look like this:
(Kathy, Pam, 125), (Kathy, John, 63), (Paul, Pam, 87), (Paul, John, 14).
The new relation is a subset of the Cartesian product F x F x Z. Let us call such
relations 3~ary relations. It is now easy to imagine n-ary relations for even larger
To a set theorist, a function f : A —• B from a set A into a set B is simply
/ C A x B such that for each a A there is exactly one b G B such
that (a, 6) G / . It is common to write /(a) = b instead of (a, b) G / . The set
A is called the domain of f and is denoted by dom(f). Note that in particular,
the empty set is a function with empty domain. For CCA and D C B, we
write f[C] = {b e B : 3a G C (f(a) = 6)} for the ima^e of C under f, and
f~xD = {a e A : f(a) G .D} for the inverse image of D. The image of the whole
domain is called the range of f and is denoted by rng(f). The function / is onto
B o r a surjection, if its range is equal to B. It is one-to-one or an injection if
f(a) ^ /(a') whenever a^ a!. A function that is both a surjection and an injection
is called a bijection.
Note that if / is a function from A into B, and if J3 C C, then / is also a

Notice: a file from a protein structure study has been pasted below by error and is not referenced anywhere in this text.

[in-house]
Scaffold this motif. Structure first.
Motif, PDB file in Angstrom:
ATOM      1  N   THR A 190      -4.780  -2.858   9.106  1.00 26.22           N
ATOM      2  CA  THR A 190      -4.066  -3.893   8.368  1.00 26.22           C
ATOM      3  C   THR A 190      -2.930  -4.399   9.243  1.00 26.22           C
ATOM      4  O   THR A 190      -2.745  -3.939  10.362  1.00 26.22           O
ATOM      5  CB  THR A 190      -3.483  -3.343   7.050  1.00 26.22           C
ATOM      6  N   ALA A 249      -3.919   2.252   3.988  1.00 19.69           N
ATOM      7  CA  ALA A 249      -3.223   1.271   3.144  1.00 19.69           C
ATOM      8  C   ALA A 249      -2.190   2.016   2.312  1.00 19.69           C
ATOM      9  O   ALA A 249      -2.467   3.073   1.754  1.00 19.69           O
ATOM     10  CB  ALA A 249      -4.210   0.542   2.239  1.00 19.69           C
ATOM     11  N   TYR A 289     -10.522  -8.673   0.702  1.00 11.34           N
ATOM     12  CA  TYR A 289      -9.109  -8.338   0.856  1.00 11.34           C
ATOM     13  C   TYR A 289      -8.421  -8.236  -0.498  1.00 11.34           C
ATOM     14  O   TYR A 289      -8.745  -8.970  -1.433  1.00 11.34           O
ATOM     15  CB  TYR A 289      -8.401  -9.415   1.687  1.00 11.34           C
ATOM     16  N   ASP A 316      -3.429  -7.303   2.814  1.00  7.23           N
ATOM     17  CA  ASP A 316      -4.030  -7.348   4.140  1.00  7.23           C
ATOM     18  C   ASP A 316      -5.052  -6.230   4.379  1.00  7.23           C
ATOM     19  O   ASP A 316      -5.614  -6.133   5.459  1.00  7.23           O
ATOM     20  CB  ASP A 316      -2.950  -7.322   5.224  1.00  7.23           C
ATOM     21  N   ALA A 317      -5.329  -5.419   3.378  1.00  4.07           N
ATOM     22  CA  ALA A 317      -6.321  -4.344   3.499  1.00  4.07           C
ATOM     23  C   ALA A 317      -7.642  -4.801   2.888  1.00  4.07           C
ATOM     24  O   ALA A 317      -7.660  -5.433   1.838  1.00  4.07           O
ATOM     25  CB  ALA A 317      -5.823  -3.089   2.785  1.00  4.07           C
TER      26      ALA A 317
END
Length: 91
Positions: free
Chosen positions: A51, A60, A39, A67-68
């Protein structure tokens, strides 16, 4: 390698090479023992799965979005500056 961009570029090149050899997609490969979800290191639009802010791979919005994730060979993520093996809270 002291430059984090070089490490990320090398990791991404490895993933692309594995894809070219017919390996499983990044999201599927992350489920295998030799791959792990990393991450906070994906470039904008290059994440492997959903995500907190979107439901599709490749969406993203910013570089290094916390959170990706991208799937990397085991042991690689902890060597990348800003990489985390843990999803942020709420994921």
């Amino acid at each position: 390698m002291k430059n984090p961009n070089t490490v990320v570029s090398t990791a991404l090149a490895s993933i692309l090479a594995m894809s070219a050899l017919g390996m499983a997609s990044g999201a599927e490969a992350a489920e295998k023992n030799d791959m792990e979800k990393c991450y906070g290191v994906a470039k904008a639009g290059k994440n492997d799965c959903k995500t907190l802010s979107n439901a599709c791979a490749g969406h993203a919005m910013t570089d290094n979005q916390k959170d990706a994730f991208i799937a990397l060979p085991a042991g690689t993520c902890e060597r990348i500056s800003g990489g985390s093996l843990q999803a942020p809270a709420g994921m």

function from ^4 into C. But if / : A B is a surjection, then / : A C is no£ a
surjection, although the / in both cases is the same set! As you can see, the word
"surjection" is ambiguous. Therefore, we prefer to say that / maps A onto B, and
use the word "surjection" only sporadically, when no confusion can arise.
One handy use of functions is the indexing of families of sets. Suppose / is a
set, A is a family of sets, and / : / A is a surjection. If we denote f(i) Ai,
then A = {Ai : i G / } . Thus A becomes an indexed family of sets. Although the
sets A and {Ai : i G 1} are the same, most people find it more convenient to work
with indexed families. For instance, the symbols (}A and f]ieI Ai mean exactly
the same thing, and yet the former notation sometimes causes confusion.
EXERCISE 6(G): Let A be a nonempty family of subsets of a set X, and let B
be a nonempty family of subsets of a set Y. Moreover, let / be a function from X
into y . Show that
(a) r1\JB = \J{f-1B:B€B};
(c) f-HY\B) - XXf-^B for each B B.
EXERCISE 7(G): In the notation of the previous exercise, is it always true that
(a) fVA]=\J{f[A]:A€Ah
(b) f[r\A]=n{f[A}:AeAy,
(c) f[X\A] = Y\f[A] for each AeAl
Which inclusions always hold? What can be said if / is assumed to be onto? What
if it is assumed one-to-one?
Here is another use of indexed families: The set of all functions from A into B
is denoted by
Given {^4^ : i G / } , we can define the Cartesian product
11^ = {/
G 7
( I M : e J}) : Vi el{f(i) G Ai)}.
1If we talk about a relation without mentioning its arity, we always mean a binary relation.
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